Risk reduction tips can often take a tone of blaming a reporting party, even unintentionally. Only those who commit sexual violence are responsible for those actions. We offer the tips below solely help you to reduce your risk of experiencing a non-consensual sexual act. Below, suggestions to avoid committing a non-consensual sexual act are also offered:
- If you have limits, make them known as early as possible.
- Tell a sexual aggressor “NO” clearly and firmly.
- Try to remove yourself from the physical presence of a sexual aggressor.
- Find someone nearby and ask for help.
- Take affirmative responsibility for your alcohol intake/drug use and acknowledge that alcohol/drugs lower your sexual inhibitions and may make you vulnerable to someone who views a drunk or high person as a sexual opportunity.
- Give thought to sharing your intimate content, pictures, images and videos with others, even those you may trust. If you do choose to share, clarify your expectations as to how or if those images may be used, shared or disseminated.
- Take care of your friends and ask that they take care of you. A real friend will challenge you if you are about to make a mistake. Respect them when they do.
If you find yourself in the position of being the initiator of sexual behavior, you owe sexual respect to your potential partner. These suggestions may help you to reduce your risk for being accused of sexual misconduct:
- Clearly communicate your intentions to your sexual partner and give them a chance to clearly relate their intentions to you.
- Understand and respect personal boundaries.
- Do not make assumptions about consent; about someone’s sexual availability; about whether they are attracted to you; about how far you can go or about whether they are physically and/or mentally able to consent. Your partner’s consent should be affirmative and continuous. If there are any questions or ambiguity then you do not have consent.
- Mixed messages from your partner are a clear indication that you should stop, defuse any sexual tension and communicate better. You may be misreading them. They may not have figured out how far they want to go with you yet. You must respect the timeline for sexual behaviors with which they are comfortable.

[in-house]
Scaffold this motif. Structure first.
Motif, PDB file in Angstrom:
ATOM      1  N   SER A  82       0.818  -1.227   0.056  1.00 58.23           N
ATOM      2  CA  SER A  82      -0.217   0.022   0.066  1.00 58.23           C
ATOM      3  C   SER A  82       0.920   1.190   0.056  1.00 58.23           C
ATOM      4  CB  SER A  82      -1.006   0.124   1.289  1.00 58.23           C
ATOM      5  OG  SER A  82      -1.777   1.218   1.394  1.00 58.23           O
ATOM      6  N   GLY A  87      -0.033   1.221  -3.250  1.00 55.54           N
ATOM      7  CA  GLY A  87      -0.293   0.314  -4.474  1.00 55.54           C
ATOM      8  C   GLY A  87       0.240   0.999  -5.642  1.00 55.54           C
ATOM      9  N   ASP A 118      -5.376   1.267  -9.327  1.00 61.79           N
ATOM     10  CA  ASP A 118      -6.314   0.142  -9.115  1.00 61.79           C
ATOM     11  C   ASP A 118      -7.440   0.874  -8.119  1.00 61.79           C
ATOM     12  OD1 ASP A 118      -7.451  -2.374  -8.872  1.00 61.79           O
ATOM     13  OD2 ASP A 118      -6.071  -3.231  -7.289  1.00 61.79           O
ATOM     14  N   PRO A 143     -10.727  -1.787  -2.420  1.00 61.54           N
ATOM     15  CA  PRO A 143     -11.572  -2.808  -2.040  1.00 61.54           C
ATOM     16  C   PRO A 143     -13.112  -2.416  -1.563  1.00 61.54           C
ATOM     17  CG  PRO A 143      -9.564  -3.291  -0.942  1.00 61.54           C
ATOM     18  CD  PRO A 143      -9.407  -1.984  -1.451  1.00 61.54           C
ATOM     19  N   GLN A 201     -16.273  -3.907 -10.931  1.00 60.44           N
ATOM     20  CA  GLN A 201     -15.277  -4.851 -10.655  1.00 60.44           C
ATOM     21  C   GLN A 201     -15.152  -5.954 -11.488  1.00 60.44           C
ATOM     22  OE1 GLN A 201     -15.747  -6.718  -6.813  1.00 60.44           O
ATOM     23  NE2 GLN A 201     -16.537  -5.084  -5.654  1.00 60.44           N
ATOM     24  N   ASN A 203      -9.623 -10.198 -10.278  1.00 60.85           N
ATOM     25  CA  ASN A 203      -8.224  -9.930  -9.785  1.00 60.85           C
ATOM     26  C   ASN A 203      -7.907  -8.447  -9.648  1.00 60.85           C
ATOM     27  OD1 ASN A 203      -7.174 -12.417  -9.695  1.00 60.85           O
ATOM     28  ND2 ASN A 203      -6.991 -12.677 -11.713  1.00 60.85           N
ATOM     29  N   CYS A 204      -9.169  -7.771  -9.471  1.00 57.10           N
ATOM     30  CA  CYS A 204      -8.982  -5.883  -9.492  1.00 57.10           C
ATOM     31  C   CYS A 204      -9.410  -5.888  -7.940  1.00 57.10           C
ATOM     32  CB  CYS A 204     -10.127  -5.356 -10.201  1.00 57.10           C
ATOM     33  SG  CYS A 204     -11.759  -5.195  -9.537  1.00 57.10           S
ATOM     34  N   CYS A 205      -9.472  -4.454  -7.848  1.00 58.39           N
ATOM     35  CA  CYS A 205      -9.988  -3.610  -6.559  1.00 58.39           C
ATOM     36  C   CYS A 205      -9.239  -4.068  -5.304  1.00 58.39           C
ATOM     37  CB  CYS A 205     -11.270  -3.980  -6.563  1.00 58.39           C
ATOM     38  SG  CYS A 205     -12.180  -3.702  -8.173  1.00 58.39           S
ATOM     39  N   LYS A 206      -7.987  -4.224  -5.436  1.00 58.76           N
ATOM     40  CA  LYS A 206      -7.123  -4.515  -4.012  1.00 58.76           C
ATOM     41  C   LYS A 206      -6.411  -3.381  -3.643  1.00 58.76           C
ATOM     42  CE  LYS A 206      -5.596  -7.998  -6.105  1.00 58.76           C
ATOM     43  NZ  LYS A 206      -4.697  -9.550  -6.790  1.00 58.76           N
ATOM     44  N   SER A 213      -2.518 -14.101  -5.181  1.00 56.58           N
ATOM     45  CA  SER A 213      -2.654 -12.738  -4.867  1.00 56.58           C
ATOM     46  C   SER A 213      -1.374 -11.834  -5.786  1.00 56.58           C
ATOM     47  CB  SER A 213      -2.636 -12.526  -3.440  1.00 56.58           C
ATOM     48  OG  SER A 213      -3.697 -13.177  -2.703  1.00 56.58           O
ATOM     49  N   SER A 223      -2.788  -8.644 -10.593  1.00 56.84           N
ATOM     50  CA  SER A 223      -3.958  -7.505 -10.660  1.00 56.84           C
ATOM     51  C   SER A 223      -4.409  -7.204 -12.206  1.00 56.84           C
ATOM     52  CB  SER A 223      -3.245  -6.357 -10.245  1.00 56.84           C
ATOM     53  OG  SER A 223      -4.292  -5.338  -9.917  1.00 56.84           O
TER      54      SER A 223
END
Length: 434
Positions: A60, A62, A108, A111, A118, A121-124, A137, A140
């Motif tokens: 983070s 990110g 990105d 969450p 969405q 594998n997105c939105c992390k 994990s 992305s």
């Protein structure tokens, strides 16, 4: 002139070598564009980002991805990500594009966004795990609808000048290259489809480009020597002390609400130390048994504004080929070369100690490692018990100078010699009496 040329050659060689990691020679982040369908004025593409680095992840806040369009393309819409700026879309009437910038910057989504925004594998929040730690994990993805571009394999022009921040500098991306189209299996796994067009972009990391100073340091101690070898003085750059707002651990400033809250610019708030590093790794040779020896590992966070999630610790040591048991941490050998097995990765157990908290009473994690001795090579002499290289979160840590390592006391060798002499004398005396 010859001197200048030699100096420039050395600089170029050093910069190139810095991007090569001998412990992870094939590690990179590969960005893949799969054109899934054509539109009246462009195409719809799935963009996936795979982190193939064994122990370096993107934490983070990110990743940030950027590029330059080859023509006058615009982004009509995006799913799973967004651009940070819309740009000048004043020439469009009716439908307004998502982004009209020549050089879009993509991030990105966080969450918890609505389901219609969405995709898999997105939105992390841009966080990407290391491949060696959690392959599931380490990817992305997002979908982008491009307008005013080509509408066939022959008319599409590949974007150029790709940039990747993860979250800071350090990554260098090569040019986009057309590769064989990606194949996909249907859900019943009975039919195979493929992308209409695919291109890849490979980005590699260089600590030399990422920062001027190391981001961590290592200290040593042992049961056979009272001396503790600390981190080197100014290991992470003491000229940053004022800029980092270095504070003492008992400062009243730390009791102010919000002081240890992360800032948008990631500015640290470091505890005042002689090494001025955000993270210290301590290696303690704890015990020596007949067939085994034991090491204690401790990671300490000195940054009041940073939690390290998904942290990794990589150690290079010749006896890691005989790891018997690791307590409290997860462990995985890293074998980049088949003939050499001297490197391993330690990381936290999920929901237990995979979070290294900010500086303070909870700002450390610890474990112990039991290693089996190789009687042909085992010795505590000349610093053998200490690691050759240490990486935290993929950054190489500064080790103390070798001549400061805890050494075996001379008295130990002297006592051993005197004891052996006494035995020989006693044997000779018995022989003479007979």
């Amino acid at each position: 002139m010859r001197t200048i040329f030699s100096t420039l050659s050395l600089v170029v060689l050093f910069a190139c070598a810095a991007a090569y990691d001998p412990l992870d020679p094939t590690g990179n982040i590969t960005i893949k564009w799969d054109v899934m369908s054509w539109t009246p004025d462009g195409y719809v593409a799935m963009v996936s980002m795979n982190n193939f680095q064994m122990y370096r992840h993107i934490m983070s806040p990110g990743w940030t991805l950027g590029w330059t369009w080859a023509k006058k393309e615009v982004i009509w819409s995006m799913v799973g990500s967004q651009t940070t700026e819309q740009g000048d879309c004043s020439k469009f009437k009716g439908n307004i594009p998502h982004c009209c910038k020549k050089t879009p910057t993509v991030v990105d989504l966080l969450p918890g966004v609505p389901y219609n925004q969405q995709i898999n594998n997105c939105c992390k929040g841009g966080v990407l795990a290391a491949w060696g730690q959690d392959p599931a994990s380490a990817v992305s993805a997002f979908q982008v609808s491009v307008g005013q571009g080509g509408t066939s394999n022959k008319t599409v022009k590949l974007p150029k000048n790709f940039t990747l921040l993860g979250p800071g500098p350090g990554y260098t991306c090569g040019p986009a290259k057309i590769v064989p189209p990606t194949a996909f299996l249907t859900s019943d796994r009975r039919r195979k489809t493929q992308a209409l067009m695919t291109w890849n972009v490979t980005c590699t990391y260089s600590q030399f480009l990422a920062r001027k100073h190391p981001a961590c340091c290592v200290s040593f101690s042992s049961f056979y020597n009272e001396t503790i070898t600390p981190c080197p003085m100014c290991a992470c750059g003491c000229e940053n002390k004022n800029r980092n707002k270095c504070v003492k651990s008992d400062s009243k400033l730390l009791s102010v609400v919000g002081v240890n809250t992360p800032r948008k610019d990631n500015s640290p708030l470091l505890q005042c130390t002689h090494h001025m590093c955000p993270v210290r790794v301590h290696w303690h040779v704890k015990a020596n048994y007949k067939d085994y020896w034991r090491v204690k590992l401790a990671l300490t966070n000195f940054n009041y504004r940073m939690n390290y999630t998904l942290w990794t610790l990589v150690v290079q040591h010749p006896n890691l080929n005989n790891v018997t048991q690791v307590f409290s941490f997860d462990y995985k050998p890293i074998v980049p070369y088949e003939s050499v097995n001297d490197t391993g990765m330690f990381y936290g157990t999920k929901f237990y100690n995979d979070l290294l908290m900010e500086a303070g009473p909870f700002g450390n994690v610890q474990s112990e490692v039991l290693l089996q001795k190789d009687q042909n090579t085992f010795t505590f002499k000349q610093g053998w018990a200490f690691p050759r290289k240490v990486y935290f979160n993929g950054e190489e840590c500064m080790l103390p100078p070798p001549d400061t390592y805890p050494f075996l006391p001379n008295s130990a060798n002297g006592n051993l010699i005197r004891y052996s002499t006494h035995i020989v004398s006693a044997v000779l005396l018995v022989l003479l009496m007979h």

- Do not take advantage of someone’s drunkenness or altered state, even if they willingly consumed alcohol or substances.
- Realize that your potential partner could feel intimidated or coerced by you. You may have a power advantage simply because of your gender or physical presence. Do not abuse that power.
- Do not share intimate content, pictures, images and videos that are shared with you.
- Understand that consent to some form of sexual behavior does not automatically imply consent to any other forms of sexual behavior.
- Silence, passivity, or non-responsiveness cannot be interpreted as an indication of consent. Read your potential partner carefully, paying attention to verbal and non-verbal communication and body language.
Remember: Even if you were consuming alcohol when an assault occurred, know that is it not your fault.
Resources that can provide support and complete confidentiality include:
- Staff members at the Counseling and Wellness Center
- Campus Chaplain
- Campus Rabbi
- Victim Services Center of Montgomery County, Inc.
Other individuals on campu that can provide information and support, but are not confidential (meaning they must refer survivors to Title IX resources), include:
- Title IX Coordinator and Deputy Coordinator
- Staff members in the Dean of Students Office
- Staff members in the Residence Life Office
For more information, please visit Sexual Misconduct Resources.
Below are some suggestions about how to support someone affected by sexual or gender-based violence. They are only suggestions and serve as examples. Remember: believe them, listen to them, and speak from your heart.
Things to do:
- Assure them it is not their fault
- Suggest they talk to someone
- Assure them that they are not alone
- Be sensitive of their need for privacy
- Stay calm and be patient
- Offer to go with them to report the incident
- Use active listening skills
Things to avoid:
- Avoid asking questions out of curiosity
- Try not to express shock, disgust, anger, or judgment
- Do not press for details
- Do not minimize, deny, or blame them
- Try not to touch them without their permission
- Do not put word in their mouth or tell them how they are feeling
- Do not make decisions for them
- Avoid making promises or guarantees (“you’re going, to be fine,” or “your family will be supportive”)
For more tips on how to respond to a survivor, visit RAINN.